Avoid using a chemical-based cold pack, too, as they may leak and cause additional damage to the eye.

Dr. Diard suggests checking in with a healthcare provider if:

  • Bruising forms around both eyes.
  • A bloody nose comes with a black eye.
  • There’s bleeding within the eye.
  • Vision becomes blurry.
  • Severe pain lingers in the eye.

Friction burns

Friction burns go by many aliases. Road rash, for instance. Carpet burn. Raspberries.

Treating this uncomfortable skin condition begins with a gentle cleaning, says Dr. Mudd. There’s no need to get fancy here. Just basic soap and lukewarm water will get the job done.

Do NOT apply ice or use ice water. Either could further traumatize the skin and ultimately slow the healing process.

Once the area has been rinsed, check for any debris or foreign objects in the rubbed-raw skin. (You might be surprised by what you find.) Use sterilized tweezers to carefully remove anything that doesn’t belong.

Apply antiseptic and cover with a gauze pad, making sure the adhesive isn’t on the burned area. Check the healing daily and contact a healthcare provider if you notice signs of infection like increased swelling, redness, pain or pus.

Broken bones

Here’s a fast fact for you: Approximately 1 in 3 children fracture a bone before hitting adulthood.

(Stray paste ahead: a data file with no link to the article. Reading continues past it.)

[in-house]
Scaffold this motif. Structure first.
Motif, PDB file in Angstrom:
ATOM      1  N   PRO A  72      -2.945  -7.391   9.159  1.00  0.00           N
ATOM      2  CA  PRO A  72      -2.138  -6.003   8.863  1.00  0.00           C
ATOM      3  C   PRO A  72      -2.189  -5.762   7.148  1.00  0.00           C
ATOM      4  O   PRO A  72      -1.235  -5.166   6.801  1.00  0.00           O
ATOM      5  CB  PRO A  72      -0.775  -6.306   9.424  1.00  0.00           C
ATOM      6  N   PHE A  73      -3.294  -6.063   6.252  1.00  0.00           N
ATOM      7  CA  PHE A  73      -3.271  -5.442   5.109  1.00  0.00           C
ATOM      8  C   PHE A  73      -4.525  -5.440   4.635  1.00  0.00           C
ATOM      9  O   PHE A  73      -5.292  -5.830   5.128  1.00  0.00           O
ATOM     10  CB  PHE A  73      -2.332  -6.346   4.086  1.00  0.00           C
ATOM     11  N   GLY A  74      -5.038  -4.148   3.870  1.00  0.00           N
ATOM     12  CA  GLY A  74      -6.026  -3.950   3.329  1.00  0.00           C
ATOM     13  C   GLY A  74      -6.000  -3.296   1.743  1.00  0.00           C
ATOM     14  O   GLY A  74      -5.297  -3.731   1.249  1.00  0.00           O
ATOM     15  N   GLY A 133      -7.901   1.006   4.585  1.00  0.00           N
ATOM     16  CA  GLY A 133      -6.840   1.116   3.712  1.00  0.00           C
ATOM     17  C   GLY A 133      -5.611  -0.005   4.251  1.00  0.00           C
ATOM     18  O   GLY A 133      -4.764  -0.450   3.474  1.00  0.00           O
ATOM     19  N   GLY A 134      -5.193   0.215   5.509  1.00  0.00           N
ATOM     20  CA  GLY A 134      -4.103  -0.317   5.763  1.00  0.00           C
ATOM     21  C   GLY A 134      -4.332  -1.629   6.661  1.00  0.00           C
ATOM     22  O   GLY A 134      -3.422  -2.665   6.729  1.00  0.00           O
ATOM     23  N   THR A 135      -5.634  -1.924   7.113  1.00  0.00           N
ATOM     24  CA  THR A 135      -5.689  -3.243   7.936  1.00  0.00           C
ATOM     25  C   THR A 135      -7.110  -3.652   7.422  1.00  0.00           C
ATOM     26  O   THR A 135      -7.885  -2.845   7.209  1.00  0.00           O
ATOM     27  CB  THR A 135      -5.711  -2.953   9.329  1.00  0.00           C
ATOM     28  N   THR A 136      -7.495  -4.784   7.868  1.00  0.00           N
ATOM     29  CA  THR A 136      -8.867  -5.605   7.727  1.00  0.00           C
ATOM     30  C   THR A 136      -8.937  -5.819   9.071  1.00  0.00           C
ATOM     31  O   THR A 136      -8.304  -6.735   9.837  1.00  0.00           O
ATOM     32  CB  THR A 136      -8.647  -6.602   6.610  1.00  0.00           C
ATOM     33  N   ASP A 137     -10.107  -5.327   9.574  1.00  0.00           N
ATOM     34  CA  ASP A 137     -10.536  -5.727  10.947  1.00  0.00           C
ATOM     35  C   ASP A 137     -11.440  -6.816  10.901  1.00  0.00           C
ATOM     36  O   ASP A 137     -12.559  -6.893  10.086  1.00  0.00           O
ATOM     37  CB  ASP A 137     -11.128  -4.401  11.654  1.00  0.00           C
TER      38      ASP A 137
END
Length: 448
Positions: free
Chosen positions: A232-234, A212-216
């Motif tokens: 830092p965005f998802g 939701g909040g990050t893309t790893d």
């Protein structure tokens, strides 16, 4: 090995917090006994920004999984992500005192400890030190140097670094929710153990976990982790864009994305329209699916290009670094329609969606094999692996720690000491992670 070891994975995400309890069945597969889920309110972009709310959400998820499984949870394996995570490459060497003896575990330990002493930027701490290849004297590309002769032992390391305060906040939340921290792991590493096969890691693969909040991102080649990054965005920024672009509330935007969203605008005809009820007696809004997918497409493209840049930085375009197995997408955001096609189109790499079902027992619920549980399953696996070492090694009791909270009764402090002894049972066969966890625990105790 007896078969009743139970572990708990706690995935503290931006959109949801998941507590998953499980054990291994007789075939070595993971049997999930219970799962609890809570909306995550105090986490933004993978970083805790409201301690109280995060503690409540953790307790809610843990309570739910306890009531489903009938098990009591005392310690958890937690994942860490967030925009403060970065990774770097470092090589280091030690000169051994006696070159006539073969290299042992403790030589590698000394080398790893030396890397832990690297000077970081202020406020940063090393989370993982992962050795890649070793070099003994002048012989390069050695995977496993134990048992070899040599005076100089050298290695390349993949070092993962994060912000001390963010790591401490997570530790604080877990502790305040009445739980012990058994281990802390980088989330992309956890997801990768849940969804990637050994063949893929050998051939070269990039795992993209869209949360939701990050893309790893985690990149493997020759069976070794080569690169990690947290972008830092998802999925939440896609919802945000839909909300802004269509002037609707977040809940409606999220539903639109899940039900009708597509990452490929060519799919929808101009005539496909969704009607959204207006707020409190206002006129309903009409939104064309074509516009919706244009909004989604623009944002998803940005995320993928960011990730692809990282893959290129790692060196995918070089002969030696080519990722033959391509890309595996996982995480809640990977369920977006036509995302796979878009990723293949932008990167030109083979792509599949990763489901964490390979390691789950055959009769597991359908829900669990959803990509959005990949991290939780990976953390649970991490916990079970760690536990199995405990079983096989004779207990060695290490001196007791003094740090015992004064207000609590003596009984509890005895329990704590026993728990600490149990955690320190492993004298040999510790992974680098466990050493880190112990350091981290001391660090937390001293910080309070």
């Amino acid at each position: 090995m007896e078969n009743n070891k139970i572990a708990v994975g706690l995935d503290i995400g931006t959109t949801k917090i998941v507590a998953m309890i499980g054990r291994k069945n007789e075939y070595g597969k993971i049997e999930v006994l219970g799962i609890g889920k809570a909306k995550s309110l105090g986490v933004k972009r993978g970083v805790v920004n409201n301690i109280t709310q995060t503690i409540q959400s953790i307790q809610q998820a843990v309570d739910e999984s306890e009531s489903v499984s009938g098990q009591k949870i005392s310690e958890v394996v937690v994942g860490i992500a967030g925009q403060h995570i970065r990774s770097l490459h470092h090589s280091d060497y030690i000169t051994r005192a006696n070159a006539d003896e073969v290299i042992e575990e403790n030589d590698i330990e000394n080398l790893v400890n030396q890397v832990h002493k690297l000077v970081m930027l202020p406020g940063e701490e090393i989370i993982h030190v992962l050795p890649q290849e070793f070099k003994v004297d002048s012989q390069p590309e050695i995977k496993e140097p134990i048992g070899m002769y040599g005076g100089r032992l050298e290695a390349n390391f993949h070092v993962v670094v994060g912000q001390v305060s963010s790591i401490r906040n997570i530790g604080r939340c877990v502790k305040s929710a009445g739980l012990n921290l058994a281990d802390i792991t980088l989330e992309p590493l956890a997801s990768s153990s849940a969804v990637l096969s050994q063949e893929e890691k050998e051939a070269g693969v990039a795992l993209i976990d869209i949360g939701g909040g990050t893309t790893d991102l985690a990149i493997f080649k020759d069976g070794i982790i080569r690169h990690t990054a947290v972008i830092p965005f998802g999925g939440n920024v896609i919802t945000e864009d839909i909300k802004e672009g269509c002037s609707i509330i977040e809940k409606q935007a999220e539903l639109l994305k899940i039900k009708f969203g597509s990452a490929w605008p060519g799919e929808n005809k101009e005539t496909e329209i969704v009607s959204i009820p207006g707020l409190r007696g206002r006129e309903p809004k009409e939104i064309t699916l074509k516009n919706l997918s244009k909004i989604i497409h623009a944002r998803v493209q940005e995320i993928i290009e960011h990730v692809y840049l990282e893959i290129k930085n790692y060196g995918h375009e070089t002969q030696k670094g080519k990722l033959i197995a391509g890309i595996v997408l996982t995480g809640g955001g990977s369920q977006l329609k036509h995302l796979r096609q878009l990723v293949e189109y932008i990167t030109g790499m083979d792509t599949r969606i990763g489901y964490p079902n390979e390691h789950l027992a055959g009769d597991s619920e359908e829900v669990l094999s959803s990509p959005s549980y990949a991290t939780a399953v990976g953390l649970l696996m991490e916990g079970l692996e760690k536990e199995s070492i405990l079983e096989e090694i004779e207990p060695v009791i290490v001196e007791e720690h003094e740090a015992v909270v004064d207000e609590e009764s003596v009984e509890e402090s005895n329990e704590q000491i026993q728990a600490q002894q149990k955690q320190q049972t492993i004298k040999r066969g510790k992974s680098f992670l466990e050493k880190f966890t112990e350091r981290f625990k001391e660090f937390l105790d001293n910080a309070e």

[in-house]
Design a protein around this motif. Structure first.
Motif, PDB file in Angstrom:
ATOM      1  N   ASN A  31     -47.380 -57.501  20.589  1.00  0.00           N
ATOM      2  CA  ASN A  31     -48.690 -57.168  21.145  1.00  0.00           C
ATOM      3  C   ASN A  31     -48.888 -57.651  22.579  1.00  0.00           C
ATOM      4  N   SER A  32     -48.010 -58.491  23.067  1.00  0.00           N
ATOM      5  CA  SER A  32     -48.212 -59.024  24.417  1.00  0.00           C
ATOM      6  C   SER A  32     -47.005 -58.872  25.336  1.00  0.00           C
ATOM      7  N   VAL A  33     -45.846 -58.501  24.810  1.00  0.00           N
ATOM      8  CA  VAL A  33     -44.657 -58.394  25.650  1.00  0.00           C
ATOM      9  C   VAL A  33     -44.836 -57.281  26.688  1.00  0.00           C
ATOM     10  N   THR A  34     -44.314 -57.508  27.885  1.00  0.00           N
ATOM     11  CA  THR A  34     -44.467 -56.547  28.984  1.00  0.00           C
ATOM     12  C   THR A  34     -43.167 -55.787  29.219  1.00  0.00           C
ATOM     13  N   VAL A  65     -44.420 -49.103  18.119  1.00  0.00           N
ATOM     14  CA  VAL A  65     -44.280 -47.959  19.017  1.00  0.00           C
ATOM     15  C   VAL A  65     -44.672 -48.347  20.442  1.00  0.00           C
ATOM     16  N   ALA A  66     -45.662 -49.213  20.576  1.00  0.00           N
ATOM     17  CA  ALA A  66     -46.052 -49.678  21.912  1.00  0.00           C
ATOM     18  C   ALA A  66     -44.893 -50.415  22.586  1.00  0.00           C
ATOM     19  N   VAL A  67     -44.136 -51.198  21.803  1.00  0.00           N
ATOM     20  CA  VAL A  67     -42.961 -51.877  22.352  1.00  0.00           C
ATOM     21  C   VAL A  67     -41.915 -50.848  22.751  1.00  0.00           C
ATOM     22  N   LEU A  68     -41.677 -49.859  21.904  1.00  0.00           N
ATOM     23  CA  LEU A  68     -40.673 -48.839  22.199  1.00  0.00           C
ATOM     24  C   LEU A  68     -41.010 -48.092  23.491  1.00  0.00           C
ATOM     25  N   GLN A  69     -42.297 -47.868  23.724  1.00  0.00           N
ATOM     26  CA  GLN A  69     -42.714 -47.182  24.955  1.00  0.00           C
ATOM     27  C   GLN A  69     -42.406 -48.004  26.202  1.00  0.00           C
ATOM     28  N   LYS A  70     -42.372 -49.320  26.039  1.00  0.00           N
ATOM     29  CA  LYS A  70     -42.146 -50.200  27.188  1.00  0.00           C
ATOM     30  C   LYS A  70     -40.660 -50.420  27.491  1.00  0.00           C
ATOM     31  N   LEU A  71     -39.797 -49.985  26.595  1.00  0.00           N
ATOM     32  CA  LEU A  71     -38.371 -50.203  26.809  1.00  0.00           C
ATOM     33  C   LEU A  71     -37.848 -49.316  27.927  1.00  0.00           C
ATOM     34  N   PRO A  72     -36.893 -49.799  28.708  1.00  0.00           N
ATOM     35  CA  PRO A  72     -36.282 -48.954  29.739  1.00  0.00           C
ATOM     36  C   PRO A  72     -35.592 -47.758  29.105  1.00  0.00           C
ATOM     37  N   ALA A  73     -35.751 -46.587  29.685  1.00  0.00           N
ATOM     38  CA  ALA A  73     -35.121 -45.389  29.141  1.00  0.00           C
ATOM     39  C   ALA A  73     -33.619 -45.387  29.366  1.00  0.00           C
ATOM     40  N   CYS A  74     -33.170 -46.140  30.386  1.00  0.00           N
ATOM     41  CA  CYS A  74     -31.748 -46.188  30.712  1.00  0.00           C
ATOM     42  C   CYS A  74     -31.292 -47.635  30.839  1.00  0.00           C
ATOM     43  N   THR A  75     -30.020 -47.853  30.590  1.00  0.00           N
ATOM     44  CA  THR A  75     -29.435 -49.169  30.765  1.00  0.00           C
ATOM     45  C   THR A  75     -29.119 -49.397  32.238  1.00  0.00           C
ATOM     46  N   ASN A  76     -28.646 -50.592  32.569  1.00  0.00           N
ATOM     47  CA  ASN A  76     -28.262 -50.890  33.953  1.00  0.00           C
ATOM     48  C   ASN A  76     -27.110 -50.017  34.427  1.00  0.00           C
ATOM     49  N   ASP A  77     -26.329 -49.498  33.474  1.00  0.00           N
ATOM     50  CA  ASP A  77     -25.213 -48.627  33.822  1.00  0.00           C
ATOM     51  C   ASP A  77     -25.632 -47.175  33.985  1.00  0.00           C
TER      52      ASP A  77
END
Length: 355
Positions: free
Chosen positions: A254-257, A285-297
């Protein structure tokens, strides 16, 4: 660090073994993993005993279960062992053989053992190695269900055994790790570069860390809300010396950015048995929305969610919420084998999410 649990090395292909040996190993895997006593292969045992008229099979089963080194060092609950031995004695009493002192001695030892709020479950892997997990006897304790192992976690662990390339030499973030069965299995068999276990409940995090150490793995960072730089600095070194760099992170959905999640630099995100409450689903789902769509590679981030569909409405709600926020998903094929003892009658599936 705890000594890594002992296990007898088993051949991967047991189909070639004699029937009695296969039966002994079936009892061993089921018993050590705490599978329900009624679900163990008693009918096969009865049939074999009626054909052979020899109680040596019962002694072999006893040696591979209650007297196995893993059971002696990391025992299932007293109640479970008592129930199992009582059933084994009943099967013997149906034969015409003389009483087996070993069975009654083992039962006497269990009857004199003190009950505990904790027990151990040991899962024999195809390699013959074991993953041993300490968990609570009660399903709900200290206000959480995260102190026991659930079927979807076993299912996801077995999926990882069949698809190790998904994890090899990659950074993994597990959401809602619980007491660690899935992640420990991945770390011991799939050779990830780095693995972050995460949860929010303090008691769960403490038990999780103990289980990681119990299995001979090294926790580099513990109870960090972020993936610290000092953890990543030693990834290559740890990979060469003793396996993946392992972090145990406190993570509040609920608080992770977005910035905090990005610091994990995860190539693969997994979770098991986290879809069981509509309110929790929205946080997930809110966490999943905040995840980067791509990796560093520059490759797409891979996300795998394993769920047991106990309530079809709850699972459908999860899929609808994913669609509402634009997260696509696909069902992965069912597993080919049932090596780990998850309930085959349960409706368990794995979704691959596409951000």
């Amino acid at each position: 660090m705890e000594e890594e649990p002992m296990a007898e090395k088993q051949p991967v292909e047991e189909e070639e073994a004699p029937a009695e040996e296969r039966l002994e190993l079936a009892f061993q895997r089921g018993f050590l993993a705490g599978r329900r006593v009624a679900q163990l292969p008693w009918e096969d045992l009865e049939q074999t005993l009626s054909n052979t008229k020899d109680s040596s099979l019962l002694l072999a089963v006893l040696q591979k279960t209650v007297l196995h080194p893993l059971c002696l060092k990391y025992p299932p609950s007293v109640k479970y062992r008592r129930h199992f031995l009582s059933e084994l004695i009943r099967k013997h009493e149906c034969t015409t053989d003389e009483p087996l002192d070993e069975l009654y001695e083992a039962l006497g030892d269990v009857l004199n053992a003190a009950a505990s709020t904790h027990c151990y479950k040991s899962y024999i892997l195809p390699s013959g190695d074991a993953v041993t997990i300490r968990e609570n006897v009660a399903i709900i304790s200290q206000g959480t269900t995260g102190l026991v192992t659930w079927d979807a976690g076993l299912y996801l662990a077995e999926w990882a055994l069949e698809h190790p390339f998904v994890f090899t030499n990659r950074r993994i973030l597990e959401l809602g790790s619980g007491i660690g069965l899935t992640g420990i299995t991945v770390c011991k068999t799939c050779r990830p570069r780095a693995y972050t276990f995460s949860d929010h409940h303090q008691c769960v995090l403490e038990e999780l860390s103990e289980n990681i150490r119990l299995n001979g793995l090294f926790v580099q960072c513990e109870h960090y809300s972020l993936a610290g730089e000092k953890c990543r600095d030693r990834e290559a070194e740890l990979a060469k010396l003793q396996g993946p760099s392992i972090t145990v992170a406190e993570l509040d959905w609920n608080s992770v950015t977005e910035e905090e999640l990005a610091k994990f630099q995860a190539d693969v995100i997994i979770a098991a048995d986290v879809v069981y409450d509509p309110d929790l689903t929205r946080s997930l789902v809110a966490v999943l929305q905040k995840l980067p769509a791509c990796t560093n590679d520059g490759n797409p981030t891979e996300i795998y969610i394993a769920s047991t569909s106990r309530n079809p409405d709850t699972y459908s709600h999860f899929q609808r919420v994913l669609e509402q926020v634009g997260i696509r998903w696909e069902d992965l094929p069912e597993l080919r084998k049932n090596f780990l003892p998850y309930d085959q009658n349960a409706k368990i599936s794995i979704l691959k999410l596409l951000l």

So, how do you know if a bone is broken if it’s not gruesomely obvious? Signs include:

  • A cracking sound during the injury.
  • A noticeable deformity.
  • Constant or severe pain in the area.
  • Severe swelling or bruising.
  • Tenderness to the touch.

Apply a cold pack to the injured area right away to reduce swelling. Keep movement to a minimum. “Use anything you can find — even something as simple as cardboard — as a make-shift splint,” instructs Dr. Mudd.

Call 911 and don’t move the injured child if the injury seems serious. That would include possible breaks to the skull, back or neck, or if the bone broke through the skin.

If you suspect a broken bone, get the injury checked by a medical professional ASAP for proper treatment. “Waiting too long to be seen can lead to poor healing and continued pain,” states Dr. Diard.


So, we covered busted bones. Now let’s look at soft tissue injuries — aka, sprains.

A sprain involves a ligament that’s stretched or even torn within a joint (such as an ankle, knee or wrist). A popping sound may be heard when the injury occurs. Any pain, tenderness or bruising is usually focused around the affected joint.

For treatment, follow the RICE method, says Dr. Mudd. That means:

  • Rest. Try not to use or put pressure on the injured joint while it’s healing.
  • Ice. Apply cold packs in 20-minute cycles to reduce pain and swelling.
  • Compression. Wrapping the joint in an elastic bandage can improve blood flow and speed up the healing process. (Don’t wrap it too tight, though! A gentle squeeze is all you need.)
  • Elevation. Keeping the injured joint raised can limit fluid buildup in the joint and keep swelling down.

On average, it takes at least two weeks to recover from a mild sprain. Contact a healthcare provider for a checkup if the pain continues or worsens over time. (That “sprain” may turn out to be a broken bone.)


To state the obvious, your brain is an essential organ with a long list of duties. ANY INJURY to your brain should be taken seriously.

A concussion qualifies as a brain trauma. If your child hits their head and shows signs of a concussion, seek medical attention, stress both Dr. Diard and Dr. Mudd. Concerning symptoms include:

  • A headache.
  • Seeming dazed or confused.
  • Loss of consciousness.
  • Nausea or vomiting.
  • Difficulty standing or walking.
  • Impaired speech or vision.